'Modern' living was invented by Homo Erectus, not Homo Sapiens

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Washington, Jan 14 (ANI): Modern living may have originated roughly 500,000 years earlier than it is believed and was actually invented by Homo Erectus-our hairy, heavy-browed ancestor species- and not the "modern" humans, Homo Sapiens, according to a new study.

At the prehistoric Gesher Benot Ya'aqov site in northern Israel, researchers have found the earliest known evidence of social organization, communication, and divided living and working spaces-all considered traits of modern human behaviour.

Archaeologists have claimed that the former hunter-gatherer encampment dates back as far as 750,000 years ago, and must have been built by Homo erectus or another ancestral human species.

Fossil record suggests that Homo Sapiens-our own species-emerged only about a couple hundred thousand years ago.

At the site, researchers found artifacts including hand axes, chopping tools, scrapers, hammers and awls, animal bones, and botanical remains buried in distinct areas.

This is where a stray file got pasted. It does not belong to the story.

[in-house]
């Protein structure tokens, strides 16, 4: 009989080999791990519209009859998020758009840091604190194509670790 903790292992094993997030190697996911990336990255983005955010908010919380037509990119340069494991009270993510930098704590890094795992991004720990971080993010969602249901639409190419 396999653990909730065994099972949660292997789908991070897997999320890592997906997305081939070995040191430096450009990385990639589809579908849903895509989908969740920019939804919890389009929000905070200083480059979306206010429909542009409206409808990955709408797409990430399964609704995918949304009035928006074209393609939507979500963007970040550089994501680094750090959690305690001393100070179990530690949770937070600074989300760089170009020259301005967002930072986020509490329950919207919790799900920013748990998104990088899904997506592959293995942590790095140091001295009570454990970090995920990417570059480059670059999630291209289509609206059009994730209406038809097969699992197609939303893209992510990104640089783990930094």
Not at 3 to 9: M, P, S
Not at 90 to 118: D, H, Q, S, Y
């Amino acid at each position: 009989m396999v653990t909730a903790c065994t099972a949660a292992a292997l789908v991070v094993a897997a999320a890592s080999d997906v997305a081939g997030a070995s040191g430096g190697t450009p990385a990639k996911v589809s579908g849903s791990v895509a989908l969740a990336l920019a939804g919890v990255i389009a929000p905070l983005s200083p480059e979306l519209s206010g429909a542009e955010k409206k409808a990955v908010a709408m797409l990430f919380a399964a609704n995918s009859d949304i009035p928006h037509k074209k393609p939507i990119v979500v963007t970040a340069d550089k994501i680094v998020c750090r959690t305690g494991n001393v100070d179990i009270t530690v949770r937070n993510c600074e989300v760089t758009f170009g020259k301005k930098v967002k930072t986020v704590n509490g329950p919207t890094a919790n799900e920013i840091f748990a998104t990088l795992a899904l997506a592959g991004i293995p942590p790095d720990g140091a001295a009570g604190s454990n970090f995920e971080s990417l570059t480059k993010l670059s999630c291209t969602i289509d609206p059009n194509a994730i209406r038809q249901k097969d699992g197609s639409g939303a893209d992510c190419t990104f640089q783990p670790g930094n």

"Different tasks"-from nut processing to seafood preparation-"were taking place in different locations in the site," National Geographic News quoted archaeologist Naama Goren-Inbar, who led the excavation, as saying.

"The modification of basalt tools was done in proximity to the fireplace but, on the other hand, flint (sharpening) was done on the other end of the site in association with where we found a lot of fish teeth," said Goren-Inbar, of Hebrew University's Institute of Archaeology in Mount Scopus, Israel.

On the basis of their finds and evidence from other sites and groups, the researchers assume there was a division of labour at Gesher Benot Ya'aqov.

Based on ethnographic analogies and comparisons, Goren-Inbar speculated that women must be gathering nuts and processing small animals like fish, crabs, and turtles close to the communal hearth.

The men would be off hunting or situated in farther corners of the site butchering larger game, including a long-extinct elephant species, she hinted.

Basalt, limestone, and flint tool making would also be taking place in various locations around the encampment.

And some people would just be chewing down on roasted nuts-still a local staple-or fish.

"One of the highlights of our report is that people ate fish more than 750,000 years ago," said Goren-Inbar.

The study suggested that the encampment, located on an ancient lakeshore, holds some of the earliest evidence of fish eating ever found.

Archaeologist Dani Nadel agreed that the new discovery indicates a surprisingly early emergence of modern human behavior.

The study has been published in the journal Science. (ANI)

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